This thread discusses carbide turning tools. See my post #2 for a detailed discussion about carbide:
https://www.woodworkingtalk.com/f6/c...-tools-217417/

Some woodturners feel that carbide turning tools make it easier for beginners to get acceptable results, but at some point the carbide tools limit them from achieving their full potential. If you watch live or video woodturning demonstrations, notice that very few professional woodturning instructors and demonstrators use carbide tools.

Traditional High Speed Steel (HSS) Turning Tools:
High speed steel turning tools require sharpening tools and sharpening skills. The more I use the traditional HSS turning tools, the more I enjoy using them, and the results show it. When I have issues with the HSS turning tools, 99% of the time the root cause is that they are not sharp. What they need is a quick sharpening touch-up. It is so tempting to keep cutting, but you must stop and do that quick touch up. Notice that professional woodturning instructors and demonstrators use HSS turning tools, and they touch them up frequently during their demonstrations.

(Most of the time, the tool holder on my lathe has a mix of HSS and carbide turning tools, and I have no qualms about switching between them. I see no reason to be a purist.)

There are many fine HSS turning tools and turning tool sets, and a few bad ones. You get what you pay for. I encourage you to do your own research and shopping. Here is what I use:

I have the Robert Sorby Six Piece Turning Tool Set and I am very pleased with it. I found it on close-out at my local woodworking store. Even at full price, it is a good buy for quality tools. I would probably buy the eight piece set for just a little bit more. The tools are sized just right for someone starting out in woodturning, and they give you the tools you need to turn almost anything. It includes tools for spindle turning (between centers, like pens and handles), and tools for face turning (like bowls and platters). Future tools that I might buy for myself to supplement the six piece set would be a larger bowl gouge, a thin parting tool, and a wide scraper.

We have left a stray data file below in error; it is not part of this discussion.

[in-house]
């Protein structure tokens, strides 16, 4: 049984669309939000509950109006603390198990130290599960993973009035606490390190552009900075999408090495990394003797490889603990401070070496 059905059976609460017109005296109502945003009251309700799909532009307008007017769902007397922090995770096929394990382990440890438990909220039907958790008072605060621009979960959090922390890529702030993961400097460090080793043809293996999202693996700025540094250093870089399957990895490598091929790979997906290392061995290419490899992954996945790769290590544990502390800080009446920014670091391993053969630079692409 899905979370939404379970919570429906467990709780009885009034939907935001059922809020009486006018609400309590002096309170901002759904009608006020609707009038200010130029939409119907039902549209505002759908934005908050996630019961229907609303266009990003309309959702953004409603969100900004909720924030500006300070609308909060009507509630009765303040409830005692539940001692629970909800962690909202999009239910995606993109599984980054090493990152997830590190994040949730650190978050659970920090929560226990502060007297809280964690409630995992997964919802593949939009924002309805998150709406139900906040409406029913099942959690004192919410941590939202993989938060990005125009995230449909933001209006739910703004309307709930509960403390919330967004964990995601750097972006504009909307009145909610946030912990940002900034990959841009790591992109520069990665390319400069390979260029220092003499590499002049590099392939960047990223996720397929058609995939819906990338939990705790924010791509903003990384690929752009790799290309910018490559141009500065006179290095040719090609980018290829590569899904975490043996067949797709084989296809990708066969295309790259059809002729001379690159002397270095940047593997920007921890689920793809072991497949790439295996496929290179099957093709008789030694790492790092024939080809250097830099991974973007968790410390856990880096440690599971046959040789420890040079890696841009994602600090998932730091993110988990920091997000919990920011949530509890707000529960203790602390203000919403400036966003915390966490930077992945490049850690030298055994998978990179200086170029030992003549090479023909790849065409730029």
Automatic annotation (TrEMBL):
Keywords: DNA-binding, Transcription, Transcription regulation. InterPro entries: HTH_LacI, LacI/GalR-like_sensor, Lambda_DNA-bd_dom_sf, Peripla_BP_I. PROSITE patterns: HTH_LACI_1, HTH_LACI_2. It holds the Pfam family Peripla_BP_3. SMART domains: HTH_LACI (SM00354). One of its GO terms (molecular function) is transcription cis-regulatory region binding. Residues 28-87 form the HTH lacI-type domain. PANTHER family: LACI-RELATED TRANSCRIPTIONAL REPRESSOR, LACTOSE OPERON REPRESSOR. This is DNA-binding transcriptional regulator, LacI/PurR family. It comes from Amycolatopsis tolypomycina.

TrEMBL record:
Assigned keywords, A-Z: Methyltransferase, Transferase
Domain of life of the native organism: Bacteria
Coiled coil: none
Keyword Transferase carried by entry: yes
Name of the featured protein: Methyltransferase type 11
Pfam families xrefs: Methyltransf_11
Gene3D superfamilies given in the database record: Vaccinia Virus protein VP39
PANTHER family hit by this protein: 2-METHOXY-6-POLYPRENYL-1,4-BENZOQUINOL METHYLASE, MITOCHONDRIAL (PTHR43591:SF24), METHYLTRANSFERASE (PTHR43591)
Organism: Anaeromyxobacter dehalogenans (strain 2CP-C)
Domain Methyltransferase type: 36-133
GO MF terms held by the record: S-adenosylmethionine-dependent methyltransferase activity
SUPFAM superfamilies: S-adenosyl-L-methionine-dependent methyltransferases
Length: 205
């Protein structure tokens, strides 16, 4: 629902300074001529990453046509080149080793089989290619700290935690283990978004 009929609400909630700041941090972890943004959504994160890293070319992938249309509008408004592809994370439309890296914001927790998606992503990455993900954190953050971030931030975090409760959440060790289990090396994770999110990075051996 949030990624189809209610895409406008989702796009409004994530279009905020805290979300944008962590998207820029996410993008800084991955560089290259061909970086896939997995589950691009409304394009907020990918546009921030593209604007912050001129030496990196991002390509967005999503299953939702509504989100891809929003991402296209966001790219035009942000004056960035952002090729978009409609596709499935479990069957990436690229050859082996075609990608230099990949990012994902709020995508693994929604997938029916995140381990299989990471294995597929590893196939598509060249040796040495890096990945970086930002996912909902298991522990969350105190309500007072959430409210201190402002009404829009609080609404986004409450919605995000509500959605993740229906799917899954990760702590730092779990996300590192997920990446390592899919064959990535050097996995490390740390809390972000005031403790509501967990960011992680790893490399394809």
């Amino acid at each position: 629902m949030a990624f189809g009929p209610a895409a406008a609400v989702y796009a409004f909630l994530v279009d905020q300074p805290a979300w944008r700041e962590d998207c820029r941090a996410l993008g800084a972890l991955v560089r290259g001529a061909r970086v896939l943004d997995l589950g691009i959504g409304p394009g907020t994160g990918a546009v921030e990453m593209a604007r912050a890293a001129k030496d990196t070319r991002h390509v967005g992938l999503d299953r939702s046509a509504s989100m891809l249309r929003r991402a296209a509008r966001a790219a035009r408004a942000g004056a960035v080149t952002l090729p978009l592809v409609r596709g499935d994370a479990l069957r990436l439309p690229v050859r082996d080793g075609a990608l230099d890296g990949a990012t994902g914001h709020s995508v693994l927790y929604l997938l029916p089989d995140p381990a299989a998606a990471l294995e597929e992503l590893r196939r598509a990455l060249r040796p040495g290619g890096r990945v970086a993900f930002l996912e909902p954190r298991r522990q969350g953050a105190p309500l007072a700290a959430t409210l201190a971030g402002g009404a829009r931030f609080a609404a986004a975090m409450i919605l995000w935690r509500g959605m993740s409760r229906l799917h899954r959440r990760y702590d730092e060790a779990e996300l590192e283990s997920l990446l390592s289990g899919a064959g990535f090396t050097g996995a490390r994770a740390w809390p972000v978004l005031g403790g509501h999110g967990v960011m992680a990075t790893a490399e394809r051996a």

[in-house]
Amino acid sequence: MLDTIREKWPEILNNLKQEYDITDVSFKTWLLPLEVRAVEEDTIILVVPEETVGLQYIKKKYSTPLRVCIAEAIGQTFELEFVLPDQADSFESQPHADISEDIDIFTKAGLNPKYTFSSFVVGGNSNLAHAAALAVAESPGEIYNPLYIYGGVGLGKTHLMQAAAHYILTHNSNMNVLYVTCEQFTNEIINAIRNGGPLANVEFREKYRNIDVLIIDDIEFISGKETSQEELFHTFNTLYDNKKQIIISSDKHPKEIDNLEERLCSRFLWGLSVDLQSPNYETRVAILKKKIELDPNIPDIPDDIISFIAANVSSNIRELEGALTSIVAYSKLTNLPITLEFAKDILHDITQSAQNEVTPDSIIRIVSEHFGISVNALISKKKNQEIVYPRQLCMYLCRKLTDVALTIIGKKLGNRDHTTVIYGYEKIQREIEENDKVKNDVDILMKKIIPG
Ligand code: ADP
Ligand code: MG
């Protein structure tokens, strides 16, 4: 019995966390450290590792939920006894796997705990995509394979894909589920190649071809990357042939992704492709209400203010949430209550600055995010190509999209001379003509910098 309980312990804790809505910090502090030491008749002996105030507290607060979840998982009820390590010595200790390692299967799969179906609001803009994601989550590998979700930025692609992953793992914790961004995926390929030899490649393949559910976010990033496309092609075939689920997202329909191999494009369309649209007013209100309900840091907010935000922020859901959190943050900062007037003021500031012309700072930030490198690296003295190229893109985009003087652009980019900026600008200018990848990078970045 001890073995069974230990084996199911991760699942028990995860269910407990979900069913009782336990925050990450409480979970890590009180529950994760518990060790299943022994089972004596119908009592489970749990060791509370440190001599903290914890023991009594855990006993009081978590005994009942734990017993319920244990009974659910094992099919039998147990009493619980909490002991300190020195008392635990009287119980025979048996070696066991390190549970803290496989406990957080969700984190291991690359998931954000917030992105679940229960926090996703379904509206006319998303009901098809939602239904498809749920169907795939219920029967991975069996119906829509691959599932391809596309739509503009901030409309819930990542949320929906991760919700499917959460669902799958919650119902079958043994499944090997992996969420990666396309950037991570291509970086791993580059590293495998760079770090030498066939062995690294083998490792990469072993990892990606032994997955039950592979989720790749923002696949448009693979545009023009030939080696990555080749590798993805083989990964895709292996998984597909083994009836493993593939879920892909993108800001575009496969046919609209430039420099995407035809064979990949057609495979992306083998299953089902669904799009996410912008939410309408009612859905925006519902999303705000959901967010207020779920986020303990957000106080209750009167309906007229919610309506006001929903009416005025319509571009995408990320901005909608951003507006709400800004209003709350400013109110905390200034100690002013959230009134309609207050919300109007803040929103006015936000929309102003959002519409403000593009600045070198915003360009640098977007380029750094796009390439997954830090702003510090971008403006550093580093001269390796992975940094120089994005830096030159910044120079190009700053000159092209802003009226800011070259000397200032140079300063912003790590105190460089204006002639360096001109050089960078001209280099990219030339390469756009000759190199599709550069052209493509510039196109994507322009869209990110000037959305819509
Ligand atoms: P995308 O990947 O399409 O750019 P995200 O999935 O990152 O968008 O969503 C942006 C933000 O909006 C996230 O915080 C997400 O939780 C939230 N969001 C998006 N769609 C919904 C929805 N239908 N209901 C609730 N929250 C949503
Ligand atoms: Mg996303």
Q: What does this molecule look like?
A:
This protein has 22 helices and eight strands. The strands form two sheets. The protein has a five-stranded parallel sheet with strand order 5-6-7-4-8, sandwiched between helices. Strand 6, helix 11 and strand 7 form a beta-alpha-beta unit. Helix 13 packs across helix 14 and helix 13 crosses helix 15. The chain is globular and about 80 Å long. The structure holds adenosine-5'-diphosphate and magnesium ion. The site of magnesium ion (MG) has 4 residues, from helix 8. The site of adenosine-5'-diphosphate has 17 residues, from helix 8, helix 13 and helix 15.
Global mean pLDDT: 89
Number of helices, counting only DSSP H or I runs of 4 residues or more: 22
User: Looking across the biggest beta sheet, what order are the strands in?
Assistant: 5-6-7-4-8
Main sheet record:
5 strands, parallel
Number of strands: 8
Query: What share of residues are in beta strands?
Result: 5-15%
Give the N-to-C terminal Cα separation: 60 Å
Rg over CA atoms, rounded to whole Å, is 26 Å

HSS Turning Tool Sharpening:
Do as I say, not as I do... I have a Grizzly wet grinder. It is okay, and I won't replace it, but I would not recommend it. I bought it under the assumption that a water cooled grinder would prevent me from overheating and damaging my nice HSS turning tools. I wanted a less expensive Tormek. The issues with the water cooled grinders is that they are a pain to set up and use. Touch-ups take more time and effort than they should.

What would I recommend? A low speed grinder with the Wolverine jigs. Most woodturners seem to use them, except me. Even better: The same setup with the CBN wheels that @Quickstep recommended.
Note: That old Craftsman bench grinder in your garage is not a low speed grinder. It will burn up your tools.

Four Jaw Chuck:
A chuck for your lathe is one of the most useful accessories you can get, especially for face turning (like bowls). I have a Nova G3 set in a plastic case, and recommend it, but shop around. There are many good brands of chucks available.
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post #11 of 20 Old 03-31-2020, 07:32 PM
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Quote:
Originally Posted by John Smith_inFL View Post
Ron, if I had it to do over again, and I had the budget,
my next lathe would be electronic control and a very slow
speed at the end for applying finishes.
the HF lowest speed is about 800 RPMs which is pretty inconvenient
for even the most experienced turners.

(Grouch Cave = I like that).

.